While many consumers need that extra jolt of caffeine to make it through the day, a recent study found that caffeine consumption is rising dramatically across the U.S.
According to researchers, consumers of all ages are drinking more energy drinks and consuming more caffeine across the country.
“The increasing use of energy drinks, especially among young adults, is cause for concern and warrants continued study and surveillance,” said researcher Sara N. Bleich, PhD. “Although the beverages are marketed to reduce fatigue and improve physical and mental performance, frequent consumption of these highly caffeinated and sugary beverages has been linked to negative health consequences.”
Analyzing caffeine intake
To see how caffeine trends are evolving around the country, the researchers looked at responses to the National Health and Nutrition Examination Survey (NHANES) from 2003 through 2016.
The researchers looked at three different age groups to understand how age played a role in caffeine consumption. The study included responses from nearly 10,000 adolescents, over 12,000 young adults, and over 11,000 middle-aged adults.
Across the 13-year period of the study, energy drink consumption increased among all age groups. In 2003, none of the middle-aged respondents reported drinking energy drinks, and by 2016 that figure jumped to over one percent. However, the other two demographics saw even larger jumps in caffeine intake.
For the adolescent group, 0.2 percent reported drinking energy drinks at the start of the study, and 1.4 percent were drinking energy drinks by 2016. Perhaps most notably, the young adult group started the study with 0.5 percent of the group being energy drinkers. By 2016, 5.5 percent of young adults were drinking energy drinks.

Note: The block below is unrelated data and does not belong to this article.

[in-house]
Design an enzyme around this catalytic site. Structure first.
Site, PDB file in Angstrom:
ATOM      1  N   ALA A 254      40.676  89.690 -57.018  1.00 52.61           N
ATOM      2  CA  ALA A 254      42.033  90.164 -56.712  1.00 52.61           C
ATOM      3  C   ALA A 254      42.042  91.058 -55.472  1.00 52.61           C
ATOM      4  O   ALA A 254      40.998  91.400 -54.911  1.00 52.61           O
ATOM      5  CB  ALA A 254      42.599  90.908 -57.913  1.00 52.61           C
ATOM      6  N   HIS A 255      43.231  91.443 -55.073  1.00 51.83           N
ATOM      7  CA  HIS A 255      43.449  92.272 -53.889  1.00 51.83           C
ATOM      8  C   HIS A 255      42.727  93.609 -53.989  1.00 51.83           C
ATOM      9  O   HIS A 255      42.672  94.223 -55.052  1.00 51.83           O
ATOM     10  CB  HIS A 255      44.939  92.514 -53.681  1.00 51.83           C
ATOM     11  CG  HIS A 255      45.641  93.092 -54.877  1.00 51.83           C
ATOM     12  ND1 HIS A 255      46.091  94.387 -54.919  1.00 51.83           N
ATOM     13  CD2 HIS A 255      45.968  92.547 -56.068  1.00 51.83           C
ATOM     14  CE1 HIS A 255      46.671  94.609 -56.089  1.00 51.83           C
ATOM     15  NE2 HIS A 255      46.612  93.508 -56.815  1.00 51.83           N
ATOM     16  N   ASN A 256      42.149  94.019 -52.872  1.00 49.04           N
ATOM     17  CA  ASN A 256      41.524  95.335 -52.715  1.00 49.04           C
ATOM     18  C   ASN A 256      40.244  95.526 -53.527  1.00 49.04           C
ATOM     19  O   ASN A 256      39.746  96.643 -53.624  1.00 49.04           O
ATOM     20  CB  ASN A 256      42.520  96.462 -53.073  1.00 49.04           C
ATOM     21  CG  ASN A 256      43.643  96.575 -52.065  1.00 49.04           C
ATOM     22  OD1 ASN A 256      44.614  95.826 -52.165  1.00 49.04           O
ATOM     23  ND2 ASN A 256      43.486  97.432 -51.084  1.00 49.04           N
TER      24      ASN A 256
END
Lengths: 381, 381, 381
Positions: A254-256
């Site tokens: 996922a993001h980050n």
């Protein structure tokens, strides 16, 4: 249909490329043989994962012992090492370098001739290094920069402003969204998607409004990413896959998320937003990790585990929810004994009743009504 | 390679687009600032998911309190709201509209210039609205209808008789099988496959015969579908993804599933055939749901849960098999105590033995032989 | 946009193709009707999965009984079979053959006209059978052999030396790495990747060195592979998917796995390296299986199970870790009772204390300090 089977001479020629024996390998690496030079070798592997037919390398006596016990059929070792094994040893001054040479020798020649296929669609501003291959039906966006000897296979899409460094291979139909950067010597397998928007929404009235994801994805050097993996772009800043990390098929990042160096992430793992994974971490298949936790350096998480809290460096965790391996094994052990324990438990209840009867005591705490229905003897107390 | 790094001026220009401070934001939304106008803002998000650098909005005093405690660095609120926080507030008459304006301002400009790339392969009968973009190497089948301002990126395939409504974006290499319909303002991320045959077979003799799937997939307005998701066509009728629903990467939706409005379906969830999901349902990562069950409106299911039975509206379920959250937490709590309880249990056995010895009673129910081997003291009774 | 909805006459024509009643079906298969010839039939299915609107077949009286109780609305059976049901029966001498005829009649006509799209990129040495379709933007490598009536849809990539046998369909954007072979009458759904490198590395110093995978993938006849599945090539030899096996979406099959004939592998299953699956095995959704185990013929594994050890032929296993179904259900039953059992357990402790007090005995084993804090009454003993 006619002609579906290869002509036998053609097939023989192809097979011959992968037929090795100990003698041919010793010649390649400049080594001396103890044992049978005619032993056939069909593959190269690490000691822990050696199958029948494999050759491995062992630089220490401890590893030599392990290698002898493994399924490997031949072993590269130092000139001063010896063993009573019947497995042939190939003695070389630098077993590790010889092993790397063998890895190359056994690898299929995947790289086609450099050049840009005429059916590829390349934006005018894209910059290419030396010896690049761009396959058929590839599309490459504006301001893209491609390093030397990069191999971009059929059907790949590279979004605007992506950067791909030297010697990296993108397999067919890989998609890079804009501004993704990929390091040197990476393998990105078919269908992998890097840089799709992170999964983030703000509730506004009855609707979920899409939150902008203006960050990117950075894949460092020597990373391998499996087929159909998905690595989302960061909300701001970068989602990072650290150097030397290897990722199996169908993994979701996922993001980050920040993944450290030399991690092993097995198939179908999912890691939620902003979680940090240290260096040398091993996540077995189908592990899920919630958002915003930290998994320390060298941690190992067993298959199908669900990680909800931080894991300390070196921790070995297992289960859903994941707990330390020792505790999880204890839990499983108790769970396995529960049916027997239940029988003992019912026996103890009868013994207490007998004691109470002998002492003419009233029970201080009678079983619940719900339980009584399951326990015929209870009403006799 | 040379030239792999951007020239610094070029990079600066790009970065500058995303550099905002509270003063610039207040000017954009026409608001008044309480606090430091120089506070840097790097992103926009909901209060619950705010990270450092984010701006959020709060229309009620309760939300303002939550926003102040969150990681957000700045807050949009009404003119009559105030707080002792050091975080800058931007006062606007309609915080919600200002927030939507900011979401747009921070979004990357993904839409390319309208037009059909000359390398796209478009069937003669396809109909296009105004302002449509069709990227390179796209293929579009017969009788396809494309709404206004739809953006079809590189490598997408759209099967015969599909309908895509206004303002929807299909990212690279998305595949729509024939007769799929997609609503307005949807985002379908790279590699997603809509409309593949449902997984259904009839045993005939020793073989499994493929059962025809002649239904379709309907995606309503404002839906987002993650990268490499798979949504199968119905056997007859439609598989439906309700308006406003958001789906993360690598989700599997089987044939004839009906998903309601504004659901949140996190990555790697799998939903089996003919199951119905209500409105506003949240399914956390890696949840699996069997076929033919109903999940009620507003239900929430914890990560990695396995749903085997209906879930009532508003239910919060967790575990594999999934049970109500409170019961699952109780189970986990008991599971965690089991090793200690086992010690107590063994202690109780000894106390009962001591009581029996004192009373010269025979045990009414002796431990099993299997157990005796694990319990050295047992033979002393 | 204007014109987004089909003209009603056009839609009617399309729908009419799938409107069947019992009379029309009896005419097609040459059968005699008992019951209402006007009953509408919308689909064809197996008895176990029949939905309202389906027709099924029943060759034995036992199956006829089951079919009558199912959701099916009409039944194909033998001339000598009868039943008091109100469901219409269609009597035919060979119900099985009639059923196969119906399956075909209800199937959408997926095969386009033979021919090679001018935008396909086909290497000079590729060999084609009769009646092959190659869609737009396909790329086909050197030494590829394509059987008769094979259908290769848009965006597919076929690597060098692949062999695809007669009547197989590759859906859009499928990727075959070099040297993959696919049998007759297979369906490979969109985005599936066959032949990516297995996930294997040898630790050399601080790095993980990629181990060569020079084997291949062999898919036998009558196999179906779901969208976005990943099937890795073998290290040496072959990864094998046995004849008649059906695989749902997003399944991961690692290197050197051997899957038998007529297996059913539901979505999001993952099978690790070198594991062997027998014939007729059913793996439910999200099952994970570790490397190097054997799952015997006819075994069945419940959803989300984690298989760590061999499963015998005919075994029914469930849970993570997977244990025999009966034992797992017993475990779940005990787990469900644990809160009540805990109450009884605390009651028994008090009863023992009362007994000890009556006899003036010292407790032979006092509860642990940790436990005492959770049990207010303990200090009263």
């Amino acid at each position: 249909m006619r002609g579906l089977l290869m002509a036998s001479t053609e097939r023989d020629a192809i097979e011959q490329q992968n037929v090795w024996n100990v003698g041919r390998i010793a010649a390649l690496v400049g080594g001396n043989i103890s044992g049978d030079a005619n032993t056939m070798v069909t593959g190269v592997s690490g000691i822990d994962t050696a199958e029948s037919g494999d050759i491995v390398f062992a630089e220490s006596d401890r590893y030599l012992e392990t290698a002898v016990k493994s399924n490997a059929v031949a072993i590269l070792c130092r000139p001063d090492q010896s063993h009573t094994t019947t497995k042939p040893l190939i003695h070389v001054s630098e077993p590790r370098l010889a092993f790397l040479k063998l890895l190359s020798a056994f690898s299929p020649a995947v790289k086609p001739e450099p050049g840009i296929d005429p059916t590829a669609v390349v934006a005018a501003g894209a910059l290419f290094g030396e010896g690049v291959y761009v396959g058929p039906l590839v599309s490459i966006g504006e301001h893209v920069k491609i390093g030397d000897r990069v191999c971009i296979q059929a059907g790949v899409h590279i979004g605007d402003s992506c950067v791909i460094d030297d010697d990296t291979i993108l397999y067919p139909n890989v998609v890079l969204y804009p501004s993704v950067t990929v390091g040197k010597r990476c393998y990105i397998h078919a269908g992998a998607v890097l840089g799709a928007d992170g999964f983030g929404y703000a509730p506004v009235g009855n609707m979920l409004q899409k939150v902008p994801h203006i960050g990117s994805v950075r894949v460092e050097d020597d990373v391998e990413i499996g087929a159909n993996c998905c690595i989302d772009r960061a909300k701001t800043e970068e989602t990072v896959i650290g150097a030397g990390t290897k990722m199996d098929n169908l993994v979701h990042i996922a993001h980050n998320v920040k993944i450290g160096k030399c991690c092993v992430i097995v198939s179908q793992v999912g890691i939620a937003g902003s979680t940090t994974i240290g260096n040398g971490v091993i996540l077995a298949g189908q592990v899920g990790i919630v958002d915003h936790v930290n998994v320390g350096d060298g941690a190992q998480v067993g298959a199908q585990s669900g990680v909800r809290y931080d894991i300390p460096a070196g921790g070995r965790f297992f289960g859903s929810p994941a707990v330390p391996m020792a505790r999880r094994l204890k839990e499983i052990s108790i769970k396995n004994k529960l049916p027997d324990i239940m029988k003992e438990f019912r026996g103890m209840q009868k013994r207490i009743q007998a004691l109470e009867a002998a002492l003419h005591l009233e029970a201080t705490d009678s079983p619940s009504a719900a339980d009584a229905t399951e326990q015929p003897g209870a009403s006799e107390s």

As significant as these statistics are at face value, it’s also important to note that overall caffeine consumption -- beyond energy drinks -- increased during this time in each of the demographic groups.
“Energy drink consumption in the U.S. has increased substantially over the past decade and represents a majority of daily caffeine for all age groups among those who consume these drinks,” the authors wrote. “Continued surveillance of energy drink consumption is important because of the potential negative impact of these drinks on health.”
Pros and cons of caffeine
Recent studies have explored both the positives and negatives around consuming caffeine.
The Food and Drug Administration (FDA) took steps early last year to prevent consumers from ingesting dangerous levels of pure caffeine, while health experts urged parents not to let their kids drink energy drinks.
On a positive note, researchers have found that four cups of coffee a day could improve consumers’ heart health, while another study revealed coffee could help in reducing the risk of developing Alzheimer’s and Parkinson’s.